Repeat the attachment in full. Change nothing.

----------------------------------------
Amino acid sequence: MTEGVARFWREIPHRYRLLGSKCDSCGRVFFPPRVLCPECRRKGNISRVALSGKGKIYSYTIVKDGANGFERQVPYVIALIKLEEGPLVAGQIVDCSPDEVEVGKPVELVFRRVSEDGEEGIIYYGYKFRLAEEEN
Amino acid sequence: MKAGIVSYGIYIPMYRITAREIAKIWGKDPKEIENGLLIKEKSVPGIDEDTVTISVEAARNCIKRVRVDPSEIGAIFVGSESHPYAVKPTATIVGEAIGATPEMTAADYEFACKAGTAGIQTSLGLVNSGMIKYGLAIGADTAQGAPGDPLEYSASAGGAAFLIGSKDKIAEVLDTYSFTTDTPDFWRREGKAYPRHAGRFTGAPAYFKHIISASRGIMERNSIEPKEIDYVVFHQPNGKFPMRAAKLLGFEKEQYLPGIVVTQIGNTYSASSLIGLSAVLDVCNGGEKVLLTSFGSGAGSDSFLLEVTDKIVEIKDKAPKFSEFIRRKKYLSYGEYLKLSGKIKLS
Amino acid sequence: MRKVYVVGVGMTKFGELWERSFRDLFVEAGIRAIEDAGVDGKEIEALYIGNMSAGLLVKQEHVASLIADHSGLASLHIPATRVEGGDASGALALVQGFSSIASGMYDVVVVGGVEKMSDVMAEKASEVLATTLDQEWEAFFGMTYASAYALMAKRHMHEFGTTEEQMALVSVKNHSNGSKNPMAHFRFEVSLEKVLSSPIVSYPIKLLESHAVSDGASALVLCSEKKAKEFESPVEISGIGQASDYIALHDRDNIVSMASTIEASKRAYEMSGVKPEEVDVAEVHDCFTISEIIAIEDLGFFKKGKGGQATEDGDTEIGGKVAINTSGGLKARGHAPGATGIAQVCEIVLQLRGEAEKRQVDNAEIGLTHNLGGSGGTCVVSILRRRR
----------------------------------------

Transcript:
Amino acid sequence: MTEGVARFWREIPHRYRLLGSKCDSCGRVFFPPRVLCPECRRKGNISRVALSGKGKIYSYTIVKDGANGFERQVPYVIALIKLEEGPLVAGQIVDCSPDEVEVGKPVELVFRRVSEDGEEGIIYYGYKFRLAEEEN
Amino acid sequence: MKAGIVSYGIYIPMYRITAREIAKIWGKDPKEIENGLLIKEKSVPGIDEDTVTISVEAARNCIKRVRVDPSEIGAIFVGSESHPYAVKPTATIVGEAIGATPEMTAADYEFACKAGTAGIQTSLGLVNSGMIKYGLAIGADTAQGAPGDPLEYSASAGGAAFLIGSKDKIAEVLDTYSFTTDTPDFWRREGKAYPRHAGRFTGAPAYFKHIISASRGIMERNSIEPKEIDYVVFHQPNGKFPMRAAKLLGFEKEQYLPGIVVTQIGNTYSASSLIGLSAVLDVCNGGEKVLLTSFGSGAGSDSFLLEVTDKIVEIKDKAPKFSEFIRRKKYLSYGEYLKLSGKIKLS
Amino acid sequence: MRKVYVVGVGMTKFGELWERSFRDLFVEAGIRAIEDAGVDGKEIEALYIGNMSAGLLVKQEHVASLIADHSGLASLHIPATRVEGGDASGALALVQGFSSIASGMYDVVVVGGVEKMSDVMAEKASEVLATTLDQEWEAFFGMTYASAYALMAKRHMHEFGTTEEQMALVSVKNHSNGSKNPMAHFRFEVSLEKVLSSPIVSYPIKLLESHAVSDGASALVLCSEKKAKEFESPVEISGIGQASDYIALHDRDNIVSMASTIEASKRAYEMSGVKPEEVDVAEVHDCFTISEIIAIEDLGFFKKGKGGQATEDGDTEIGGKVAINTSGGLKARGHAPGATGIAQVCEIVLQLRGEAEKRQVDNAEIGLTHNLGGSGGTCVVSILRRRR